|2012 GSA Annual Meeting in Charlotte|
|Paper No. 238-9|
|Presentation Time: 9:00 AM-6:00 PM|
NITRATE AND ALKALINITY DURING THE JULY 2012 DROUGHT: URBAN AND AGRICULTURAL WATERSHED RESPONSE OBSERVED IN BUCK CREEK, OHIO, U.S.A
WILSON, Elizabeth L., Geology, Wittenberg University, Springfield, OH 45501, email@example.com, FORTNER, Sarah K., Geology, Wittenberg University, Springfield, 45501, and RITTER, John B., Geology, Wittenberg University, P.O. Box 720, Springfield, OH 45501|
By mid-August 2012, more than 60% of the U.S. was experiencing drought and record temperatures with devastating consequences for crops. Abnormally dry conditions existed over more than 90% of the Mississippi River basin, with as much as 50% of the basin area experiencing extreme and exceptional drought. Understudied are the consequences for water quality in both agricultural and urban environments. With predicted increases in mid-continental droughts, our understanding of water quality response may become critical to watershed stakeholders. Alkalinity and nitrate studies are of importance because their deliveries to global oceans have already dramatically increased in response to human activities. This work quantifies drought effects on alkalinity and nitrate concentrations and their area-normalized yields in a small carbonate stream. The Buck Creek watershed in west-central Ohio (363 km2), a subwatershed of the Ohio River basin, is comprised of agricultural and urban land uses with two principle subwatersheds, upper Buck Creek, which is regulated for flood control, and Beaver Creek which is not flow regulated. While historical stream flow data are not available for Buck Creek, provisional data from a USGS gage on the Mad River near Springfield (03269500), which is immediately downstream of its confluence with Buck Creek, indicated that mean monthly flow was the third lowest in 38 years, reflecting regionally dry conditions. Stream samples were collected above and below combined sewage overflows (CSOs) below the confluence of upper Buck Creek and Beaver Creek during two baseflow days and one storm event in mid-July 2012. Baseflow alkalinity and nitrate ranged from 26.0-30.0 mg C L-1 and 0.7-1.2 mg N L-1 while storm flow ranged from 12.6-25.6 mg C L-1 and 0.3-1.1 N L-1. During stormflow lower mean alkalinity occurred below the CSO input with the greatest dilution occurring at peak flow. Hourly baseflow nitrate area-normalized yields from Buck Creek (9.9-15.5 g N km-2) are slightly higher than the average calculated from the Ohio River Basin (6.3 g N km-2) during July 1988, the lowest flow recorded in July in the last 47 years. However, hourly storm flow area-normalized yields (8.1-31.4 g N km2) were lower than the average reported for the Ohio River (78.9 g N km-2) during July 1998, the highest flow recorded in July.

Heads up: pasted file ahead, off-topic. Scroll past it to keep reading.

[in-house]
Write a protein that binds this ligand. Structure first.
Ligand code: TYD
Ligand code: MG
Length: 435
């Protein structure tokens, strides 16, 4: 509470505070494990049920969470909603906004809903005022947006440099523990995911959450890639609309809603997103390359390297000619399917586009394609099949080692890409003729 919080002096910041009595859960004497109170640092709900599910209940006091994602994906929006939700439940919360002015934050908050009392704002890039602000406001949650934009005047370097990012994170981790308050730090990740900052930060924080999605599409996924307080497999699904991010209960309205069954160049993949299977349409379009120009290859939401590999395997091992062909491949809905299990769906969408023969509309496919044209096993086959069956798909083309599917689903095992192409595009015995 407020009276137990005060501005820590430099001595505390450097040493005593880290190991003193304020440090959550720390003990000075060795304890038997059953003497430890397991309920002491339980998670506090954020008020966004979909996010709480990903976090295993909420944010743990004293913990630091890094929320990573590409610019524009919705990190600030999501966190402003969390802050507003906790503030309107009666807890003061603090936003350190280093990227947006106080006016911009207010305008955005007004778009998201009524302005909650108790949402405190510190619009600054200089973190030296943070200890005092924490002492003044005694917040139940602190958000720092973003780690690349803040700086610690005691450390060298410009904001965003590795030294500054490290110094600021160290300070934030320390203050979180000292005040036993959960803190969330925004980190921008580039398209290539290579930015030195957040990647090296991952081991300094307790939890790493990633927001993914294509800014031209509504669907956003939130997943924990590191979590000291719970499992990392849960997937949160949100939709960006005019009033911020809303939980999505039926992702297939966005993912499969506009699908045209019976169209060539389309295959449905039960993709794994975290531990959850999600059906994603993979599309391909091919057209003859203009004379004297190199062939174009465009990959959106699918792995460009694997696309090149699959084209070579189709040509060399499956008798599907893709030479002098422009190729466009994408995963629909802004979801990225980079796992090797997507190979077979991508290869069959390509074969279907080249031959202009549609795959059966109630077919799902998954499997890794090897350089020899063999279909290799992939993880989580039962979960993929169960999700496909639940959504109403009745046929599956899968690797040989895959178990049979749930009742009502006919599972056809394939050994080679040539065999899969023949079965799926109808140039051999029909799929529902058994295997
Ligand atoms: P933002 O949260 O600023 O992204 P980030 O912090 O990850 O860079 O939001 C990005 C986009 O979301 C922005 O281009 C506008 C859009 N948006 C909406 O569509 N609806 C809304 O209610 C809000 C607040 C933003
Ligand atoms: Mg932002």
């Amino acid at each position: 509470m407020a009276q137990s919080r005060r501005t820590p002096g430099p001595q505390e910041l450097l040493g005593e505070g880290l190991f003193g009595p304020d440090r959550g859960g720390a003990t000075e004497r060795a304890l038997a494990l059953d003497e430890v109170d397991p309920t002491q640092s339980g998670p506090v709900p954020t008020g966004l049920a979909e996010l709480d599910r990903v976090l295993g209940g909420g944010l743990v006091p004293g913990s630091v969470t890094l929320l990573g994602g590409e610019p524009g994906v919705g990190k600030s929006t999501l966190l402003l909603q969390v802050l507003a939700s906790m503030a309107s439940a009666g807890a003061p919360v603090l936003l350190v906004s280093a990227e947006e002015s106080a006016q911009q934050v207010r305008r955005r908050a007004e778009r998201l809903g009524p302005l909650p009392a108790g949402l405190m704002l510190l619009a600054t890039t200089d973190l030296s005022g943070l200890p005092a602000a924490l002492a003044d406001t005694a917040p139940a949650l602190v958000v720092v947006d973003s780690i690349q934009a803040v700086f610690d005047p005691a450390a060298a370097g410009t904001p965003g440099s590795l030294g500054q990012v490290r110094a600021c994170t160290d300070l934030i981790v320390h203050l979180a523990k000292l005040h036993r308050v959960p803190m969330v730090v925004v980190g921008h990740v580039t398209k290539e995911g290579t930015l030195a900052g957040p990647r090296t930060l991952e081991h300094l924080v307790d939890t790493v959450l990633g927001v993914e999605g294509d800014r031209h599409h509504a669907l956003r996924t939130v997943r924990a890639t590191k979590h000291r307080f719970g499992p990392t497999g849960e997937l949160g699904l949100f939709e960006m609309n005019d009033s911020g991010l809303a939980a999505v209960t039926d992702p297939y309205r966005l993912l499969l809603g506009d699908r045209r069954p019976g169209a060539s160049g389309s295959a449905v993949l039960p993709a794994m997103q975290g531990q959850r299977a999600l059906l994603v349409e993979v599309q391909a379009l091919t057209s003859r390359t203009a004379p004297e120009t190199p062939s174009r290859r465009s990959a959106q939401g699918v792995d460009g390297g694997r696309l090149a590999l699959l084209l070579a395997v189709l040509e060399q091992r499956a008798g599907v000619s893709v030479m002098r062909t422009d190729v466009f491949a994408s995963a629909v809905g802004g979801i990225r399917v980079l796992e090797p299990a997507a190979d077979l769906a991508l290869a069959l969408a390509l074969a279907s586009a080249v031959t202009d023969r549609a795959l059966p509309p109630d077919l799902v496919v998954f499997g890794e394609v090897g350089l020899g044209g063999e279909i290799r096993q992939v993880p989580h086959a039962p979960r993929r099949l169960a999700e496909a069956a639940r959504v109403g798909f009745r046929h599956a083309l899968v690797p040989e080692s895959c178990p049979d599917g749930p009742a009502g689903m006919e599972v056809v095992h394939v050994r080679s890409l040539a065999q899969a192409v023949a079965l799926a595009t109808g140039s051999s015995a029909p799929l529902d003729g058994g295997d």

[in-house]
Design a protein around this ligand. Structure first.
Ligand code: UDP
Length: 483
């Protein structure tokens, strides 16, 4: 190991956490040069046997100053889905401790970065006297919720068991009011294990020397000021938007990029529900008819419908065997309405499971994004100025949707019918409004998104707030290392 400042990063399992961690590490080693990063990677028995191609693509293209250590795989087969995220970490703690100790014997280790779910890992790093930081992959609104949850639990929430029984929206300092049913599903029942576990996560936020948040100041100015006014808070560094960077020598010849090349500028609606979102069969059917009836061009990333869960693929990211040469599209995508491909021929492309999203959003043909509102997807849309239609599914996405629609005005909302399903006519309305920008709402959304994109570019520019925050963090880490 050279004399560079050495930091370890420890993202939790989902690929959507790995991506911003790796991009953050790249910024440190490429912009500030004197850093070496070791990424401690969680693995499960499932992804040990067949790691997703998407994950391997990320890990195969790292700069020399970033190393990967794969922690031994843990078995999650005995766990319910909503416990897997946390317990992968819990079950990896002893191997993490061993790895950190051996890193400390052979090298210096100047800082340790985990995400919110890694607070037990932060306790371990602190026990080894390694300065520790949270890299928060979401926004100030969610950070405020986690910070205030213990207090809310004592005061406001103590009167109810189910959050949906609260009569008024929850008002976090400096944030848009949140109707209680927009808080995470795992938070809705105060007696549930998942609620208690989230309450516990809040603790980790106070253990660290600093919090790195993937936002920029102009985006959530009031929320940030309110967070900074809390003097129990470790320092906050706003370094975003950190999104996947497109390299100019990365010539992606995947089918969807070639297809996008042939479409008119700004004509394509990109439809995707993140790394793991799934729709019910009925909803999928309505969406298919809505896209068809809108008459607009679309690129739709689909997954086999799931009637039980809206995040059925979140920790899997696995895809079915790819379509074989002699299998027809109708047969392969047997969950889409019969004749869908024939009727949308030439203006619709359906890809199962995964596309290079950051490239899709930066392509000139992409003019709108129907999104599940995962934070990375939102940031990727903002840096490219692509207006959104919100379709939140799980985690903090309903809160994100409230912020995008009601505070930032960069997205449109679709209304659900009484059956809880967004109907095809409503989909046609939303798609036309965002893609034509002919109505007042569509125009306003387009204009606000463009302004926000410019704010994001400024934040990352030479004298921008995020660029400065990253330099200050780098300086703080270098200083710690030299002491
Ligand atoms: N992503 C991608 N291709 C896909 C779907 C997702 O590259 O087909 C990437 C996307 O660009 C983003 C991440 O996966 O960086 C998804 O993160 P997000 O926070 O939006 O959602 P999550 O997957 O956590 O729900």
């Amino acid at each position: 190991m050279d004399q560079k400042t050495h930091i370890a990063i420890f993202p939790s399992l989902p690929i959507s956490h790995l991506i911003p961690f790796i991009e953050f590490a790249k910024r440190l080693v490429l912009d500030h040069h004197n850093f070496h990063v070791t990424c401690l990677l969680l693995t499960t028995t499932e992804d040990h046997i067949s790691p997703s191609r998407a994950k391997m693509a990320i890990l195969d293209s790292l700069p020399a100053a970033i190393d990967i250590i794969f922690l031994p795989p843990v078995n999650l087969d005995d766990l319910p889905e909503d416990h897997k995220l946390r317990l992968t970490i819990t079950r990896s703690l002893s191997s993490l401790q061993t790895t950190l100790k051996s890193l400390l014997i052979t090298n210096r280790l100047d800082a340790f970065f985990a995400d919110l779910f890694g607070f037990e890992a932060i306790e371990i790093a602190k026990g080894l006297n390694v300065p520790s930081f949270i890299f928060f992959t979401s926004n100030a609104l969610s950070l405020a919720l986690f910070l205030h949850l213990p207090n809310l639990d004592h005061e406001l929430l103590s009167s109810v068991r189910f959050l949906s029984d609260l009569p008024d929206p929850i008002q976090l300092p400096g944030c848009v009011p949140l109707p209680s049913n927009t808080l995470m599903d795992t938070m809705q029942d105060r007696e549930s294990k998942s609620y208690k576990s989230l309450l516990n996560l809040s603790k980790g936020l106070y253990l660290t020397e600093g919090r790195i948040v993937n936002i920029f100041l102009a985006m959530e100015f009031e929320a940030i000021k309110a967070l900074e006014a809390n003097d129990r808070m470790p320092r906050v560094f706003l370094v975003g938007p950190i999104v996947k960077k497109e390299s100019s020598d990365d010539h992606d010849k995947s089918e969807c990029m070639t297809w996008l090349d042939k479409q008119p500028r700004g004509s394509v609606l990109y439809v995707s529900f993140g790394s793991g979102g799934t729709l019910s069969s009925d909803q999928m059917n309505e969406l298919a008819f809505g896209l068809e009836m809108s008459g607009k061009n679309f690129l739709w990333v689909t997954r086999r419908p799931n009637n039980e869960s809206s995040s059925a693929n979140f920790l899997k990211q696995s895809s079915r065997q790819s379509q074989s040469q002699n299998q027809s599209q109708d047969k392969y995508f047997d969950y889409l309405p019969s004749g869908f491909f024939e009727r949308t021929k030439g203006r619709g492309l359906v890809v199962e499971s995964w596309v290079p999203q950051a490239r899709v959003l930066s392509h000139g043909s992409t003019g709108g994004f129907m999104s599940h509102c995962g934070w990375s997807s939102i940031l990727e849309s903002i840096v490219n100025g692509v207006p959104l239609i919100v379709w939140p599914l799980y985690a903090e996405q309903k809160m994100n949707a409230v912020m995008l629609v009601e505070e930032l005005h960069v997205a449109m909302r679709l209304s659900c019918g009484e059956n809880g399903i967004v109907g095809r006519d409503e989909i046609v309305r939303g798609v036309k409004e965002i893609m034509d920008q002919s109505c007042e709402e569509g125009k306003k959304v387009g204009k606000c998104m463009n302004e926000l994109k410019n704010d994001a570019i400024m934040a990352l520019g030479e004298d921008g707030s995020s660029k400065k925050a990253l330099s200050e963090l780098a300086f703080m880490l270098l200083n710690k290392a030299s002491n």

2012 GSA Annual Meeting in Charlotte
General Information for this Meeting
|Session No. 238--Booth# 137|
Geochemistry of Urban Environments (Posters)
Charlotte Convention Center: Hall B
9:00 AM-6:00 PM, Wednesday, 7 November 2012
Geological Society of America Abstracts with Programs, Vol. 44, No. 7, p. 565
© Copyright 2012 The Geological Society of America (GSA), all rights reserved. Permission is hereby granted to the author(s) of this abstract to reproduce and distribute it freely, for noncommercial purposes. Permission is hereby granted to any individual scientist to download a single copy of this electronic file and reproduce up to 20 paper copies for noncommercial purposes advancing science and education, including classroom use, providing all reproductions include the complete content shown here, including the author information. All other forms of reproduction and/or transmittal are prohibited without written permission from GSA Copyright Permissions.